Following this previous article, a friend got in touch to thank me for disproving some astrological ‘nonsense’. I replied that I had not disproved anything – I had just failed to find supporting evidence – but it did get me wondering about the nature of the conclusions that can be drawn from this sort of analysis.
Suppose, for the sake of argument, that people born under Aquarius do show a significantly higher propensity to become composers than those born under Virgo. Consider these three possible explanations… Continue reading →
If you go to the British Library online catalogue, search for music scores published in each year from 1650 to 1920, and plot the number of ‘hits’ by year, the result looks like this. Continue reading →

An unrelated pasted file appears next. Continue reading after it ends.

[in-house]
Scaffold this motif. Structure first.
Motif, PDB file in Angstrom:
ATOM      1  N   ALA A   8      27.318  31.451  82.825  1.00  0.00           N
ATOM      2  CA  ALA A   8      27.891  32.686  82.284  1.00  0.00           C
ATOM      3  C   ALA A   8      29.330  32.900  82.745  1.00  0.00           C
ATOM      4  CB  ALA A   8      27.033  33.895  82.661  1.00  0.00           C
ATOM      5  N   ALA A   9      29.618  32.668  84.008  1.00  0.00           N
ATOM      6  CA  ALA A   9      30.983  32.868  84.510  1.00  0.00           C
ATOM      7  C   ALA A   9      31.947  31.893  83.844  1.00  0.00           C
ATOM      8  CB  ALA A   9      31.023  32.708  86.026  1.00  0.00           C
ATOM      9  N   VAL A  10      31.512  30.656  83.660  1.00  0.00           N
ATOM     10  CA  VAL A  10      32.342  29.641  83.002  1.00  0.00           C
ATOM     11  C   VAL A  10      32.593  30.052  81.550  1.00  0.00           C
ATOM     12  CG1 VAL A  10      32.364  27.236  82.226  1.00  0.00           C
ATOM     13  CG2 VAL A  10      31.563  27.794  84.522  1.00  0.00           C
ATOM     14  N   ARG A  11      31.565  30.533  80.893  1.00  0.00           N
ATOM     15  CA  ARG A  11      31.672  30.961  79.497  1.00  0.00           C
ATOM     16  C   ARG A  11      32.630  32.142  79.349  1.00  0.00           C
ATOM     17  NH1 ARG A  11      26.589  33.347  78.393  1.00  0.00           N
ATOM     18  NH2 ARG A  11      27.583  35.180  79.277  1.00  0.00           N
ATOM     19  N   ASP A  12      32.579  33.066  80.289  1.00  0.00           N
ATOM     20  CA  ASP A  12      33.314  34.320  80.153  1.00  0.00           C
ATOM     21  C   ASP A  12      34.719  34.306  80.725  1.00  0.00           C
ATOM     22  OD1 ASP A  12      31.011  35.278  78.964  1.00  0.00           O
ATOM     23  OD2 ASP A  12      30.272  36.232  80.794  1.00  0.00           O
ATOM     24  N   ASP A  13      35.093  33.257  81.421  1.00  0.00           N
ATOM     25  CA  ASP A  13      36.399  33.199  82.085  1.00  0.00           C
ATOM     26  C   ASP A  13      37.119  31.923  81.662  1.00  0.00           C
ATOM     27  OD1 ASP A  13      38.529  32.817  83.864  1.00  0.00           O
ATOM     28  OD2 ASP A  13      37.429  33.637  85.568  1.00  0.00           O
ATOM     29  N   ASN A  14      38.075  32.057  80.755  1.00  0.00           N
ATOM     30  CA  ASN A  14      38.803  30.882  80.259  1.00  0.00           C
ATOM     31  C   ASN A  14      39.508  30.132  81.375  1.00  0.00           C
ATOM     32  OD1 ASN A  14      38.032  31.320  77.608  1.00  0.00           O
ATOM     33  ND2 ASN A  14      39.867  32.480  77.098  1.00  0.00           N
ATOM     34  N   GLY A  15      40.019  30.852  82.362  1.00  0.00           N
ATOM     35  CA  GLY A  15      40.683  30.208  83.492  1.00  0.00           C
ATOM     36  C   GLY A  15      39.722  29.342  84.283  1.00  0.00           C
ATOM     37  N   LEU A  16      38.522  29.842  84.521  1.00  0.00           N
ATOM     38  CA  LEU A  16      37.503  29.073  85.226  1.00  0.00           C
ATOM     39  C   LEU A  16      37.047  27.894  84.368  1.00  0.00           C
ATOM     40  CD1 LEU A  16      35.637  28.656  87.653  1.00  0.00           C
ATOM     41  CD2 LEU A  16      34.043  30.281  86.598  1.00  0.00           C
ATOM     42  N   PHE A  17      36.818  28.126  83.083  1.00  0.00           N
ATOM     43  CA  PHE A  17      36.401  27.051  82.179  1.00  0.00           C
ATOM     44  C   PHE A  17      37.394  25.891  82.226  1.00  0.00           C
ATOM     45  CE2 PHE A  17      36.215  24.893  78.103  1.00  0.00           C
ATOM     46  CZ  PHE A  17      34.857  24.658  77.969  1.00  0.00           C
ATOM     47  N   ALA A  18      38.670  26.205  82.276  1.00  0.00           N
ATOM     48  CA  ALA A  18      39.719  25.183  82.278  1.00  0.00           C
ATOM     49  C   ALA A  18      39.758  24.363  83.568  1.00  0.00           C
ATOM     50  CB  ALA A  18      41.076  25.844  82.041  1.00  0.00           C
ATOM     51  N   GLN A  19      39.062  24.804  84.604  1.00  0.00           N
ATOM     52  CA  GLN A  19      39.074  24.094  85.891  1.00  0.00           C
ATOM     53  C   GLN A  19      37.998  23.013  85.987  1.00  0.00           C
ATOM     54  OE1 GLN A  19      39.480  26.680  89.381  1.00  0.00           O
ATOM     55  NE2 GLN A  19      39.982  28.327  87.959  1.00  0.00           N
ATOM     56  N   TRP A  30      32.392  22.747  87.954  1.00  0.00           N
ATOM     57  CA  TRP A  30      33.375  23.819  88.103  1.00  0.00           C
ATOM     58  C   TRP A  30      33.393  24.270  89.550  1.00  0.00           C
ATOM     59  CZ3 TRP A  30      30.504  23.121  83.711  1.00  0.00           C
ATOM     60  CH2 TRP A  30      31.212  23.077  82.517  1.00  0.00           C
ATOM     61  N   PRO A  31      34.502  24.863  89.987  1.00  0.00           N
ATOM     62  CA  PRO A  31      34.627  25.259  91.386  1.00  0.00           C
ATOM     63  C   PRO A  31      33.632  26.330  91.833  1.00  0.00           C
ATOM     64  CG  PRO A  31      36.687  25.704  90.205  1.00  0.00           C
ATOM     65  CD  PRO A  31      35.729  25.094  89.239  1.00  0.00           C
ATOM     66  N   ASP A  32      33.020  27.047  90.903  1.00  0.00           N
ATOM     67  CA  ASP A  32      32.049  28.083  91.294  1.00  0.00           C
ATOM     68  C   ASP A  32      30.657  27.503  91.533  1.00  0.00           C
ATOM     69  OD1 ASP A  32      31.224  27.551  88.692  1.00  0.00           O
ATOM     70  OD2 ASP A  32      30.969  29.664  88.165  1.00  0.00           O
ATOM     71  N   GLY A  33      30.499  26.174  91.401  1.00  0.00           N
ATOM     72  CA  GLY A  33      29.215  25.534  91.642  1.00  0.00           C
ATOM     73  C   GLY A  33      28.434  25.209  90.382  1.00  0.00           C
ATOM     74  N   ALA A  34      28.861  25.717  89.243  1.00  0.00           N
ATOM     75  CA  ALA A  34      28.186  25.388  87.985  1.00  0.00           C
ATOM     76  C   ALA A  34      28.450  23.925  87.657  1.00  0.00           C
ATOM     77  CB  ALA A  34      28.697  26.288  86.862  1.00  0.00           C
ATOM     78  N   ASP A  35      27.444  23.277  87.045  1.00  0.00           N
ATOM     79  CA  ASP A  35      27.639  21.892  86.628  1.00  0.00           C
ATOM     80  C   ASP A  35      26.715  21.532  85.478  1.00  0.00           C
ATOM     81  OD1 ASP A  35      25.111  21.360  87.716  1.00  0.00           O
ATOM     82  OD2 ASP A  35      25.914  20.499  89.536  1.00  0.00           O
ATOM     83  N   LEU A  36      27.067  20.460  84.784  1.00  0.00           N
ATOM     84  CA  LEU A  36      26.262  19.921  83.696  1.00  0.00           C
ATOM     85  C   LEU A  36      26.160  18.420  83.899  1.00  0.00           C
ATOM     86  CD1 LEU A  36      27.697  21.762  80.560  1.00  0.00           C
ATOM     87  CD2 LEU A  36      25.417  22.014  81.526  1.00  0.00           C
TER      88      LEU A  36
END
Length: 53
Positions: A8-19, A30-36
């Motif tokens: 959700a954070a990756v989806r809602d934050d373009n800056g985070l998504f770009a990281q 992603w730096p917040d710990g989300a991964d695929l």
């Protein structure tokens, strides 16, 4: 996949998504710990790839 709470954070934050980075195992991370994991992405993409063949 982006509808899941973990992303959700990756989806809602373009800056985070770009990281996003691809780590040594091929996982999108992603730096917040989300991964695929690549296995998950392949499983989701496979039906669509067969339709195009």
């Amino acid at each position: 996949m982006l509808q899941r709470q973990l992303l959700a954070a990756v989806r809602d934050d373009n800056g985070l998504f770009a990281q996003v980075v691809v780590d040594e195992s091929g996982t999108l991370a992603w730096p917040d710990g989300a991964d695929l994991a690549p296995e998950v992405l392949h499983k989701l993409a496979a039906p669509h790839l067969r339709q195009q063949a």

In what ways can statistical techniques be used to investigate topics in historical musicology? I think there are four main approaches – hypothesis testing, quantification, modelling and exploration. Their use depends on the topic, the data, and the type of question you are trying to answer.
These four types often overlap. It is hard to do modelling without some exploration and quantification, for example. Also, after you have spent so long collecting the data, cleaning it, and getting it into a form for statistical analysis, why not squeeze the most out of it and do some general exploration after testing your hypotheses? Continue reading →